Dollar cost averagin (DCA) is a controlled way to participate in the stock market. Today, an easy and cost effective investment scheme using Exchange Traded Funds (ETFs). All you need to do is install a plan with your online broker: E.g. investing 25$ a month into an S&P ETF. As Benjamin Graham put it in "The intelligent investor": Buying stocks using cost averaging will reward you with an average market performance. No more but not less either. An important statement considering that stocks are on of the most secure investments in the long run.
With public debts rising, reserve banks printing ever more money and stock markets reaching new all time highs, the risk of a down turn increases. So how good does DCA performe during a market downturn?
The 1929 bear market as blue print
I looked at the 1929 US bear market to answer this question. During the 1929 recession the dow jones dropped by staggering 90% over a period of 2.5 years. On the other hand, it took 25 years for the Dow Jones to reach its pre crisis value.
Using the same data source as in Taxes, inflation and the stock market, I created three scenarios:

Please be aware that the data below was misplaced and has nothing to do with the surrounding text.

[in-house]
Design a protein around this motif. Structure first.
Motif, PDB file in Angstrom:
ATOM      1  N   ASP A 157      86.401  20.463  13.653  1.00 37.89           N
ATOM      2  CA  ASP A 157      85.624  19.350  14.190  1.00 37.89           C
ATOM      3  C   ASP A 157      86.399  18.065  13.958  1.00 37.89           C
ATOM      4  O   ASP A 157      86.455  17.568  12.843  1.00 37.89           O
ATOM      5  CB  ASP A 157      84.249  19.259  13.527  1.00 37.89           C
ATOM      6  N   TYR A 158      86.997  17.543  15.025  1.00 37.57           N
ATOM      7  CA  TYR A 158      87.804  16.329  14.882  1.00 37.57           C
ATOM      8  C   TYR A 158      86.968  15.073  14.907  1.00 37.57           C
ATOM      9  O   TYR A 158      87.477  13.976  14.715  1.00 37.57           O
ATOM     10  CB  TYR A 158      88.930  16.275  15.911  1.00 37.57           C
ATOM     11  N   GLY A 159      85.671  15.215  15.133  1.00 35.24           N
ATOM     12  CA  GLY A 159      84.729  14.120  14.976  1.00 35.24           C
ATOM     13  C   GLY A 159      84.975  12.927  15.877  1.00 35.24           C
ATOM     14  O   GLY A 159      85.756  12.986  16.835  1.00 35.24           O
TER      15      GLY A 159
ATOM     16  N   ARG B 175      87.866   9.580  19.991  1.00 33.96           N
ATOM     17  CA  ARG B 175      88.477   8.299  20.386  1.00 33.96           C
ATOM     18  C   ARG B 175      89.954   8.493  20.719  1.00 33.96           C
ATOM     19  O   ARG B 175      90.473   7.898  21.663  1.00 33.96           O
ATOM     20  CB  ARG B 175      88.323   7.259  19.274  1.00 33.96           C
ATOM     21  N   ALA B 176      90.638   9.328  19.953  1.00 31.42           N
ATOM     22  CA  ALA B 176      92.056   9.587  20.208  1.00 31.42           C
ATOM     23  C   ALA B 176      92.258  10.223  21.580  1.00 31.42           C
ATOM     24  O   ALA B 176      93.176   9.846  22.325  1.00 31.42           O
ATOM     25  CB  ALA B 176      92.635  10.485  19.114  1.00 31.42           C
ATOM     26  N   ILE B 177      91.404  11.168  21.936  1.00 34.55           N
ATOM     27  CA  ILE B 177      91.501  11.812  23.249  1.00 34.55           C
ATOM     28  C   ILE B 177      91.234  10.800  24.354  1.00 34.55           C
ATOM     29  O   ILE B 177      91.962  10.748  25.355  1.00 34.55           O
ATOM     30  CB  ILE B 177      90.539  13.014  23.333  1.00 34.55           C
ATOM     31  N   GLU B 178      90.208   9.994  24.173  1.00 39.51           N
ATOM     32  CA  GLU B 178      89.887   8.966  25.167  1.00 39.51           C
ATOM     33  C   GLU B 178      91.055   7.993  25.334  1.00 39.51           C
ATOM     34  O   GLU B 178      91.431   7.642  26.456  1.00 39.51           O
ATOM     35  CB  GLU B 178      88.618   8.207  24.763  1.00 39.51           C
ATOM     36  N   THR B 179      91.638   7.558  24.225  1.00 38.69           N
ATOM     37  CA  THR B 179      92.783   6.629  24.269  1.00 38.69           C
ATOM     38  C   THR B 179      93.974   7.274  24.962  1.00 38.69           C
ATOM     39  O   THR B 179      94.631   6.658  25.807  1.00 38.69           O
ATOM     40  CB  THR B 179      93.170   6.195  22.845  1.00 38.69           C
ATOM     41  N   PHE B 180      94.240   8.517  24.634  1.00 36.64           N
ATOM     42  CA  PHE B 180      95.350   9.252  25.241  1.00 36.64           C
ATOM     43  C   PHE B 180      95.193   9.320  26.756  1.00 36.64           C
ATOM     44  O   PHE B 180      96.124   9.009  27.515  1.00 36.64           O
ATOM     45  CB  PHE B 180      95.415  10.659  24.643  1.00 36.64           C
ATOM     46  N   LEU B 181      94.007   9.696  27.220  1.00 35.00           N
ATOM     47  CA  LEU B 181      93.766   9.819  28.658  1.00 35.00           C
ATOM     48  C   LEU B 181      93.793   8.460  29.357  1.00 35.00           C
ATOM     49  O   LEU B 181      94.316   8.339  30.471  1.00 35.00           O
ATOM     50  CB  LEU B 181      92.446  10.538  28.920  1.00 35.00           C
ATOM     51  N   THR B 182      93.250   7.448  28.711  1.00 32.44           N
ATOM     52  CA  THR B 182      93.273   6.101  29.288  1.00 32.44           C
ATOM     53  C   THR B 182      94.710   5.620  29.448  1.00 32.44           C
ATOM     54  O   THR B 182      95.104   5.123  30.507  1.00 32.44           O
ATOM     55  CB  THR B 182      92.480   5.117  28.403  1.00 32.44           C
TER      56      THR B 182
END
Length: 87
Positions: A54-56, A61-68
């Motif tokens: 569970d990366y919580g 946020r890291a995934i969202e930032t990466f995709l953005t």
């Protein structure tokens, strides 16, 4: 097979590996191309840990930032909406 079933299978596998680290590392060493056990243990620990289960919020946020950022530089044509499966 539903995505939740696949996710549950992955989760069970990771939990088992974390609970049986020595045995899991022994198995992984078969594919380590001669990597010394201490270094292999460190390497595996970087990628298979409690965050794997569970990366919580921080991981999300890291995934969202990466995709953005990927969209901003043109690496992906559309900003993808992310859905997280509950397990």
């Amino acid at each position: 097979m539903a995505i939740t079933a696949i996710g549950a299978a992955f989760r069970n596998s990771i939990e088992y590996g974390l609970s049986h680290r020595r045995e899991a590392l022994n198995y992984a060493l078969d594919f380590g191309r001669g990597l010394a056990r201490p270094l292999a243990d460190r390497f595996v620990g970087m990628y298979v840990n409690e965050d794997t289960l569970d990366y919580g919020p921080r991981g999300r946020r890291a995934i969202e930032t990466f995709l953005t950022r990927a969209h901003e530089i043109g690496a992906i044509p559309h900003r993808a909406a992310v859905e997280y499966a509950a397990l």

- Dow Jones year end prices and dividends
- Linear approximation of above scenario including a 3% yearly dividend yield
- The linear model with a 95% performance drop
The chart on the right displays these three scenarios while the underlying can be found in the excel file attached to this article.
Performance of these three scenarios over 25 years is shown in the following table.
|Scenario||25 years w/o dividends||25 years dividends reinvested|
|Total return||% p.a.||Total return||% p.a.|
All three scenarios show a positive return even after taking inflation into account which was at 150% after 25 years. Very interesting to see is, the deeper the fall, the higher your return as you are able to buy more shares when the price for the index is down. Leveraging this effect by increasing the investment 2 to 3 times after the index has fallen about 50%, will increase your return by addtional 20 to 50%. You can find this scenario in the excel file as well. Of course the numbers assumes you are able and psychologically capable to endure the downturn. Seeing your fortune shrinking ever faster and instead of selling continuing to poor money into your account may seem logically but surely is no easy feat.
In short: The worse the downturn the better DCA will perform as long as you are able to invest the same amount on a regular basis. Even better when you are able to increase your regular investment.
Disclaimer: This article soely shows my own oppinion and must not be taken as investment advice.